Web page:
Free African American Burial Grounds Tour
June 19 @ 10:30 am - July 19 @ 11:30 pm
One event on June 19, 2021 at 1:00 pm
One event on June 19, 2021 at 4:00 pm
One event on June 20, 2021 at 10:30 am
One event on June 26, 2021 at 4:00 pm
One event on June 27, 2021 at 4:00 pm
One event on July 3, 2021 at 10:30 am
One event on July 10, 2021 at 10:30 am
One event on July 11, 2021 at 4:00 pm
Celebrate Juneteenth by joining us for a free tour of Oakland’s Cemetery’s historic African American Burial Grounds, offered eight times from June 19 through July 11
This tour will stop at the final resting places of a few Atlanta pioneers, including Carrie Steele Logan, founder of Atlanta’s first orphanage for African American children; William Finch, one of Atlanta’s first African American city council member; Bishop Wesley John Gaines and Julia A. Gaines, pastor and First Lady of Big Bethel A.M.E. Church; and Maynard Jackson, Atlanta’s first African American mayor.
The hour-long tour begins at Oakland Cemetery’s Bell Tower building (Visitors Center). This tour is light rain or shine. We will cancel if there is inclement weather and all registered attendees will receive an email notification. While the tour is free, donations are greatly appreciated and will be designated specifically for the ongoing restoration of the African American Burial Grounds.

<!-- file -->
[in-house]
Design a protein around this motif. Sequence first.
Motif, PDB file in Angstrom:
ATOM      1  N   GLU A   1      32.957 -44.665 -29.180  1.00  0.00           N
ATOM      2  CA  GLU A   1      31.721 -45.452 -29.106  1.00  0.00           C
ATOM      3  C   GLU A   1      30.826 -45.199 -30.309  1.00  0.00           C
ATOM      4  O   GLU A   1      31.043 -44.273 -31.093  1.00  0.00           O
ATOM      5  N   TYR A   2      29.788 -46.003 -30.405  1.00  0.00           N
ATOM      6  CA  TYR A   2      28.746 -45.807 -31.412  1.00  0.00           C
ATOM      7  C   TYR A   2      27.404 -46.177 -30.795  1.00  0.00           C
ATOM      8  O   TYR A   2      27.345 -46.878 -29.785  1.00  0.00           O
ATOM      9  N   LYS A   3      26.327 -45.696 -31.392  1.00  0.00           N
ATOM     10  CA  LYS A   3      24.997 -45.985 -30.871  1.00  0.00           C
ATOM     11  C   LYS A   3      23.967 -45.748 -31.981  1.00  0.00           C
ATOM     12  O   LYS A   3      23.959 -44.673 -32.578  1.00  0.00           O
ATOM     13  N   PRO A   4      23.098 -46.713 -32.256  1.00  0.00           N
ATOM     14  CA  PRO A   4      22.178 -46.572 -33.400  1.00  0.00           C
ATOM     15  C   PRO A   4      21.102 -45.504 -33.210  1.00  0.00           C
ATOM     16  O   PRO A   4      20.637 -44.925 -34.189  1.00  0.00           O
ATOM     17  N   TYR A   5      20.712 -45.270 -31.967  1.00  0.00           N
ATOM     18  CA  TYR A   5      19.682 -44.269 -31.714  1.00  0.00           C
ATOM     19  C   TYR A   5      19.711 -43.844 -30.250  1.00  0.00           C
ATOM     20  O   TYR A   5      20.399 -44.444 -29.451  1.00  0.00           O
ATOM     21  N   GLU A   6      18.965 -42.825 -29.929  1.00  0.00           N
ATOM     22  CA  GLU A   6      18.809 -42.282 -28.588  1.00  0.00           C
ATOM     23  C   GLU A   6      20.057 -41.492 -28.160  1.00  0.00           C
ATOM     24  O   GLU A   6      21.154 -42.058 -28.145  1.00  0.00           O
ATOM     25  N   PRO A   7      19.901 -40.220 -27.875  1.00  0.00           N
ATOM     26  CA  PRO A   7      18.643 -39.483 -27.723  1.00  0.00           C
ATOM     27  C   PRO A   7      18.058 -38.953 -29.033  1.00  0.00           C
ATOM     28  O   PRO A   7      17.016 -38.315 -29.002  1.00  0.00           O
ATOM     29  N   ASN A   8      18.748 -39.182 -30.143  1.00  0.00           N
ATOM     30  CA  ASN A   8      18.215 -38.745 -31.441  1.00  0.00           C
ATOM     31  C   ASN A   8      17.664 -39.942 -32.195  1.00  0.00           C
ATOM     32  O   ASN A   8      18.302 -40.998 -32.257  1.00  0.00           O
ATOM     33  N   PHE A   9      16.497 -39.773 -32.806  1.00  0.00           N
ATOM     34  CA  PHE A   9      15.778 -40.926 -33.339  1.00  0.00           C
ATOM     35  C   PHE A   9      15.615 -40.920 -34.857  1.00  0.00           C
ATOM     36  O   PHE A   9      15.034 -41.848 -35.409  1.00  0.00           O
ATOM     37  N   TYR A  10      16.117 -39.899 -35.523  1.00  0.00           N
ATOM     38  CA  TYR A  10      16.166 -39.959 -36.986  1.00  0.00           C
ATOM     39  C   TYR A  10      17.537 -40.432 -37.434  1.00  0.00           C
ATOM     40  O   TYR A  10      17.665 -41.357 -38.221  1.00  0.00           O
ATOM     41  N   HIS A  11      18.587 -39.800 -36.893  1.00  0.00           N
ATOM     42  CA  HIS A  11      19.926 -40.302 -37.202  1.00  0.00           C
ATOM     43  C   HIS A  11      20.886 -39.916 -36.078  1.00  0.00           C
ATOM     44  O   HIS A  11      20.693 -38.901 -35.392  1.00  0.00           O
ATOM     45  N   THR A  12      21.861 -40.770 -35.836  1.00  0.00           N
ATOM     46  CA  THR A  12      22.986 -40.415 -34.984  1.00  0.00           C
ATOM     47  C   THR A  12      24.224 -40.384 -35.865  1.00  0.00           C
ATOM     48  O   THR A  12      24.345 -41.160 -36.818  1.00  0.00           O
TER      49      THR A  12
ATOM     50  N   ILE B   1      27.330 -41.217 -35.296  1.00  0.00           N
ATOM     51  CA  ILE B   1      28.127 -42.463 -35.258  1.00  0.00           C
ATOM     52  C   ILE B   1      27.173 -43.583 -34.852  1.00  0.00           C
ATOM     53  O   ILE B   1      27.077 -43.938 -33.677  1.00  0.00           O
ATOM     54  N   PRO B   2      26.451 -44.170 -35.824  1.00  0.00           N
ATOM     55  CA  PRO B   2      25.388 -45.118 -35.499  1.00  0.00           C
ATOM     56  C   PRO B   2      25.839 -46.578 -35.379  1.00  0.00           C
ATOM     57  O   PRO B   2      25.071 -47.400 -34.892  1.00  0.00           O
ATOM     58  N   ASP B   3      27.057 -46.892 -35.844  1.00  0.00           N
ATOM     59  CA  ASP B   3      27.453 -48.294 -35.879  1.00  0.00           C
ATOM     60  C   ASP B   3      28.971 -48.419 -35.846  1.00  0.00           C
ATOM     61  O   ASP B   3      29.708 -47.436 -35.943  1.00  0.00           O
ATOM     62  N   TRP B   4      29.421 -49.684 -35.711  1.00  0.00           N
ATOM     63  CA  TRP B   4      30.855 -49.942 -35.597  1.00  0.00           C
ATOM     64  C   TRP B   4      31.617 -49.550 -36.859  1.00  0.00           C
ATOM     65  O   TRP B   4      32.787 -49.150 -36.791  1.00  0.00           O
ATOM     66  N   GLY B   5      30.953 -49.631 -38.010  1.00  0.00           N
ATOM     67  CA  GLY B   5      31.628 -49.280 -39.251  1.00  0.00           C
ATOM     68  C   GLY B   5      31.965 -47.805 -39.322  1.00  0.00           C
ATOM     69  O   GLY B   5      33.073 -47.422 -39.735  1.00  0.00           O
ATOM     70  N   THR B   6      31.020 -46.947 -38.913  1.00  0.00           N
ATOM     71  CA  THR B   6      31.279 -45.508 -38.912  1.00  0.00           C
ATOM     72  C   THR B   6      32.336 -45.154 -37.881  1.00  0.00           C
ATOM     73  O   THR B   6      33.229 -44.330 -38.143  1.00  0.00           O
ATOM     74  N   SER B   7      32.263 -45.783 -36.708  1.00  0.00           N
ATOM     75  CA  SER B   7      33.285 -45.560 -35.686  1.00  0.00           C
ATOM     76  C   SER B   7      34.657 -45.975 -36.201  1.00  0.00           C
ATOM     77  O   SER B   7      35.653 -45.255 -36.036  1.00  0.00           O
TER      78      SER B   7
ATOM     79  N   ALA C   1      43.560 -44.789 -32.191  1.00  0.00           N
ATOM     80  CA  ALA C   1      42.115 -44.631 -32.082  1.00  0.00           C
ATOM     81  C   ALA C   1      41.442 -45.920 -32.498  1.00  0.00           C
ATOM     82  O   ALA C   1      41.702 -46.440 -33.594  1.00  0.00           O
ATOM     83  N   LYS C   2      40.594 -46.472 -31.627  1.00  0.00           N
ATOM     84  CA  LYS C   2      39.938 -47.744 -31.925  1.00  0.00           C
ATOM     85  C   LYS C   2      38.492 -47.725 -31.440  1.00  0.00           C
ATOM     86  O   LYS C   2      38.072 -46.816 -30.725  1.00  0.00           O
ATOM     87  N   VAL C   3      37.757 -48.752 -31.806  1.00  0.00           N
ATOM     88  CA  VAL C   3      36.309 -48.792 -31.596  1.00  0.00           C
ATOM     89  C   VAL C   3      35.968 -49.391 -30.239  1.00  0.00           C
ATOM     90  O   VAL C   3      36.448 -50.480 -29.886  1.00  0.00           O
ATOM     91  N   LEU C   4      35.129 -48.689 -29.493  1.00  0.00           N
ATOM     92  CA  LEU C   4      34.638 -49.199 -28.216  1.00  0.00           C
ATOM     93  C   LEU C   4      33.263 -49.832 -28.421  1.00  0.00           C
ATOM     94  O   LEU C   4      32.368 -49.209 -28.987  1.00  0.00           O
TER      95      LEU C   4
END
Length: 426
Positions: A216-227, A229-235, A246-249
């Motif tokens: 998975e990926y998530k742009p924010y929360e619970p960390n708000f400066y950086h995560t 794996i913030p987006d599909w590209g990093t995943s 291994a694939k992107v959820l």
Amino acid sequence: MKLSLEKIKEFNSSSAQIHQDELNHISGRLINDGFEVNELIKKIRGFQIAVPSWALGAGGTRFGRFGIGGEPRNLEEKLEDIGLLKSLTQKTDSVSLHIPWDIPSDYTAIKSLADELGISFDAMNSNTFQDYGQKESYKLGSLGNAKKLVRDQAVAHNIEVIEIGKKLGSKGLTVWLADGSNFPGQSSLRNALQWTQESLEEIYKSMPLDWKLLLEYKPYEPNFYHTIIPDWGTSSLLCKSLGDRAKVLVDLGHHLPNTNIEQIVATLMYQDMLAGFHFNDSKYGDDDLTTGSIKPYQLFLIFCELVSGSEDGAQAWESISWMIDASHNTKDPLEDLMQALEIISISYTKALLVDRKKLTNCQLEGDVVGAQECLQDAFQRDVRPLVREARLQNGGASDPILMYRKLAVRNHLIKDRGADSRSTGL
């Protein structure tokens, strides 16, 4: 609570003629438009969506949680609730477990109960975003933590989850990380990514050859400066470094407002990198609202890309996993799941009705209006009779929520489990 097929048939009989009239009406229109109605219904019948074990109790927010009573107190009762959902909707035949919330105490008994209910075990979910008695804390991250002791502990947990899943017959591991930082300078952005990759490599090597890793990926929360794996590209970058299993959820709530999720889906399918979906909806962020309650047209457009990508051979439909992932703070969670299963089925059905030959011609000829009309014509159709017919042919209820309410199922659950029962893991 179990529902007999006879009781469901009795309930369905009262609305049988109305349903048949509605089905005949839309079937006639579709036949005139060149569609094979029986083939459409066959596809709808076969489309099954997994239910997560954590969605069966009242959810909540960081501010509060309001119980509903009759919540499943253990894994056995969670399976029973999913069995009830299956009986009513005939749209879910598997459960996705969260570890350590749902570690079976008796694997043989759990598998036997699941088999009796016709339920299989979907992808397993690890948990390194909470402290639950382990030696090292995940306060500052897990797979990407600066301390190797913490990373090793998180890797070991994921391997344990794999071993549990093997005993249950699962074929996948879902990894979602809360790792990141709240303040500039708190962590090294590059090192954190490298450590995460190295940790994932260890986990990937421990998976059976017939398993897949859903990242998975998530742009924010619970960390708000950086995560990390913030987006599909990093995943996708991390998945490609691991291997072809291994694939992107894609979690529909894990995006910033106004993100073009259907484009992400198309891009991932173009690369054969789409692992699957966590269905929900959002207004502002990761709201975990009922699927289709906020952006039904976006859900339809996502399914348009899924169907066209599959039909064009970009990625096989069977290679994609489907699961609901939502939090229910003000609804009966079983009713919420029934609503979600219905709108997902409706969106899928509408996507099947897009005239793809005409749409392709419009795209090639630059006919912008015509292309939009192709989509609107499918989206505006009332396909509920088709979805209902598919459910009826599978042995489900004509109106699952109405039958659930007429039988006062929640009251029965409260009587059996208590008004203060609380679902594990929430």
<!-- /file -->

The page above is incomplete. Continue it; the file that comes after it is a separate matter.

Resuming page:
The tour will also stop at an interactive art installation by artist Charmaine Minniefield. From June 19 through July 11, Flux Projects and Historic Oakland Foundation present Charmaine Minniefield’s Remembrance as Resistance: Preserving Black Narratives in Oakland Cemetery. The work honors the over 800 unmarked graves within the African American Burial Grounds. Participants are invited to enter the Praise House and immerse themselves in the sounds and images of a Ring Shout. The Ring Shout is a traditional African American worship and gathering practice with origins in West African rituals and ceremonies. The Praise House is a replica of the small wooden structures used as places of worship by enslaved people in the American South.
Historic Oakland Foundation is taking several precautions to make sure this is a safe and enjoyable experience.
- Tours are limited to 16 visitors.
- Masks are required to enter the Visitors Center. Vaccinated guests may remove their masks during the tour.
- Stay home if you have been exposed to COVID or are feeling sick.
Accessibility: As a historic site, not all areas of Oakland Cemetery are wheelchair accessible. The main entrance is paved with cobblestones. Both the East Gate and Memorial Drive Gate have either a step or curb. If you have any mobility issues, we encourage you to drive into Oakland and park behind the Visitors Center and Museum Store.
Reserve your free spot below or visit the ticketing page at Eventbrite.